Does The Maternal Death Rate In The U.S. Really Mirror The Third World?

Nichole Tucker

The maternal death rate in America has greatly increased, according to a recent study. Although the United States promised to lower the maternal death rate by 75 percent in their Millennium Development Goals commitment, the United States has instead let the health of expectant mothers slip, and the maternal birth rate has increased by a whopping 27 percent.

According to CBS, out of 100,000 live births, at least 24 mothers die on the day of or within 42 days of giving birth. Even more shocking, CBS reports that official data on birth mortality has not been accurate, and instead estimated the ratio to be 16 to 100,000. Some public health experts find this new data to be shocking, while others feel that America is still in the safe zone.

"Certainly, maternal death is still a rare event. But it's of great concern that the rate is not improving -- it's increasing."
"The current maternal mortality rate places the United States far behind other industrialized nations. There is a need to redouble efforts to prevent maternal deaths and improve maternity care for the four million U.S. women giving birth each year."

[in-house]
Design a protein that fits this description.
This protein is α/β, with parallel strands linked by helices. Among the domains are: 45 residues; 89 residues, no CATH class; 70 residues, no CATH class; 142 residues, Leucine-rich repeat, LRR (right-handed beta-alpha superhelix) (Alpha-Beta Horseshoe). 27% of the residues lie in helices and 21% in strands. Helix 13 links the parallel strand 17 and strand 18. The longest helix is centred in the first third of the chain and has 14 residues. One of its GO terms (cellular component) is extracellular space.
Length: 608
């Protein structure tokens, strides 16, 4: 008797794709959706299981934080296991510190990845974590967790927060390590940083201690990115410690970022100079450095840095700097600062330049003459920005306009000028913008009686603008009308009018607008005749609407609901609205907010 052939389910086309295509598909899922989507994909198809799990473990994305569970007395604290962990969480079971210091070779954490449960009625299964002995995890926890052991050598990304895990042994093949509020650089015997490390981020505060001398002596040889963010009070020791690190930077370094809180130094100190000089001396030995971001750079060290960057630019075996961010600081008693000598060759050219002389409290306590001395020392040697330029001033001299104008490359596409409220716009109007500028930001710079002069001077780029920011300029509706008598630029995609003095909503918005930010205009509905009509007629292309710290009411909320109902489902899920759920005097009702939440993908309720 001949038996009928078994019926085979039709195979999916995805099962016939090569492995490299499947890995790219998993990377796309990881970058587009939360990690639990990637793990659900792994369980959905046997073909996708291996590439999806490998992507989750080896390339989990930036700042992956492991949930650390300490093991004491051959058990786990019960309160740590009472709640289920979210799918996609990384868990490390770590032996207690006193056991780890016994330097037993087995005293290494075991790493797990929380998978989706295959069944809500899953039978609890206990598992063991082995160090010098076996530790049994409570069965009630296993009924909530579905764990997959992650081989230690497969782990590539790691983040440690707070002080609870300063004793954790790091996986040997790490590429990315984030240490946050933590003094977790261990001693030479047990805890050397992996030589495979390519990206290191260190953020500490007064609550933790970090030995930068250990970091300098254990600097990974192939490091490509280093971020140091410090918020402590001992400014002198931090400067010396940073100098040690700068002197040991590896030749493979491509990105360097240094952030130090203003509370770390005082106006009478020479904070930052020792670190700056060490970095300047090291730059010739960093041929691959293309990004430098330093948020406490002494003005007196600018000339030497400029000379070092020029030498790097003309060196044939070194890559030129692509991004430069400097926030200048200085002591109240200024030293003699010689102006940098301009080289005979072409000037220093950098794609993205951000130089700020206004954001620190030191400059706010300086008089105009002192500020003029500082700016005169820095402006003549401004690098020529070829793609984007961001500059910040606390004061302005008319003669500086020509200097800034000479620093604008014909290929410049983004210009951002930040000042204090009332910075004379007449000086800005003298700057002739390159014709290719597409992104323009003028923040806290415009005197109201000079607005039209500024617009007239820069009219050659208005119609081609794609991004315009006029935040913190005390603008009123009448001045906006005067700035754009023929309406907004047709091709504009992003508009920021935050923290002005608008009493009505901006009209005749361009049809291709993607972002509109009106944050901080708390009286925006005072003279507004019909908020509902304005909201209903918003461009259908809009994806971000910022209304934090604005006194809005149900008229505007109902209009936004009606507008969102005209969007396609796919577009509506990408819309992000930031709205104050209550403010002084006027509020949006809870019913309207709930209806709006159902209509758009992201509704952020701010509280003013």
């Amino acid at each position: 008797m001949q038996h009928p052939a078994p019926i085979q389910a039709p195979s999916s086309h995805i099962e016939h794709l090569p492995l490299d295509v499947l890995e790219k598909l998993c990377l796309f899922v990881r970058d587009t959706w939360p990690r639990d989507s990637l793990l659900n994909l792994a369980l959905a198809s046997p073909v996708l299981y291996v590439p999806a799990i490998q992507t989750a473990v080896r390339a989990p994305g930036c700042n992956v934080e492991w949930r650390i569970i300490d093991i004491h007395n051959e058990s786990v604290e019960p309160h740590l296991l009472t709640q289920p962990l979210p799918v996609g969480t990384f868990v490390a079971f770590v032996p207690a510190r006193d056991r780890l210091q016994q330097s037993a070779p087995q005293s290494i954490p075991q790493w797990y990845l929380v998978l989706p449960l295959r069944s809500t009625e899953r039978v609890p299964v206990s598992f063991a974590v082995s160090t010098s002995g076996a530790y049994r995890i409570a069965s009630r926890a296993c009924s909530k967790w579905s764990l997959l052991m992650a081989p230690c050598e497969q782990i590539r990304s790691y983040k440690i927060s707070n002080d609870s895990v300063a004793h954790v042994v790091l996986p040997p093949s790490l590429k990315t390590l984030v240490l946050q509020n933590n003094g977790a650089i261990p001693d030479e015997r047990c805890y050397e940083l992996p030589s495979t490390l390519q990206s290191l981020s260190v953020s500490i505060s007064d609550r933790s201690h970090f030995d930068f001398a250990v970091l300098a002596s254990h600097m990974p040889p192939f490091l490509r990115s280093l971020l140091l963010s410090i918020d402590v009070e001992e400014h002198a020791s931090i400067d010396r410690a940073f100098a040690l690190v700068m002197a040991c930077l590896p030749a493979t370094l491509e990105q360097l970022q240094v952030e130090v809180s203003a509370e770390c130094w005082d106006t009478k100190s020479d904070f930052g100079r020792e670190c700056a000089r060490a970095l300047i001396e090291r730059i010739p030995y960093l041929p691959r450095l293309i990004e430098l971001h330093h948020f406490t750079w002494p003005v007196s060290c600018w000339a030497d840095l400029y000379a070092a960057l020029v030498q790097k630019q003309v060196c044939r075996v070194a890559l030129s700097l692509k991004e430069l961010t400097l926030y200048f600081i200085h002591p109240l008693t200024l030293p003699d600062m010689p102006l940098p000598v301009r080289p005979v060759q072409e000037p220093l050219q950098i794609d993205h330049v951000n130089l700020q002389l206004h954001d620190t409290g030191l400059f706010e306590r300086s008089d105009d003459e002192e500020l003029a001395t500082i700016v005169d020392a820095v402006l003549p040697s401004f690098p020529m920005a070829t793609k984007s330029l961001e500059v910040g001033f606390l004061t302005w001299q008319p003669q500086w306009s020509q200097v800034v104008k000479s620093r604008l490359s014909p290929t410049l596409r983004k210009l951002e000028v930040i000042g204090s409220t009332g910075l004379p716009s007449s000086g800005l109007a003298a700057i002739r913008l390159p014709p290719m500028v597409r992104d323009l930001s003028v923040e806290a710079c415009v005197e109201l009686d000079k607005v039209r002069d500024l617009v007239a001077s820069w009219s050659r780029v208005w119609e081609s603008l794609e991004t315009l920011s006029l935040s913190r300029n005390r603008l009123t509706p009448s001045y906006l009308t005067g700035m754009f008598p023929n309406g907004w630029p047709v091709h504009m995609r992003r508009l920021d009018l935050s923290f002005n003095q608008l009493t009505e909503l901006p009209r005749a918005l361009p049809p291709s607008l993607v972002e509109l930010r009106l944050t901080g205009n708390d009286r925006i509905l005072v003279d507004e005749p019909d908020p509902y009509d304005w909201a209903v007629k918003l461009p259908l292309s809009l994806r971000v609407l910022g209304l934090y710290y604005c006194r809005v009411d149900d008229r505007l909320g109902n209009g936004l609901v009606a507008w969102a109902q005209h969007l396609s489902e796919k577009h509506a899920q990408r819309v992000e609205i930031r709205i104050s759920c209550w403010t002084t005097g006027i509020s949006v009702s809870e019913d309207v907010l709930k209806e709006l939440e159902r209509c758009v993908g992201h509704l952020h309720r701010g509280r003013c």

Hospitals cannot turn pregnant women away because they didn't have prenatal care or don't have health insurance. So hospitals then have the responsibility, once they take someone in, to adhere to all of their pregnancy needs. This means monitoring blood pressure, administering oxytocin immediately after a woman gives birth, and educating them as much as possible on what symptoms to look out for once they are realized.

The only answer is that these things are not being done in the United States. This means that the maternal death rate increase is clearly that result of a failed health system. The authors of the study agree and recently made an official statement to that fact.

"It is an international embarrassment that the United States, since 2007, has not been able to provide a national maternal mortality rate to international data repositories. This inability reflects the chronic underfunding over the past two decades of state and national vital statistics systems. Indeed, it was primarily a lack of funds that led to delays (of more than a decade in many states) in the adoption of the 2003 revised birth and death certificates."

[Image via iStock]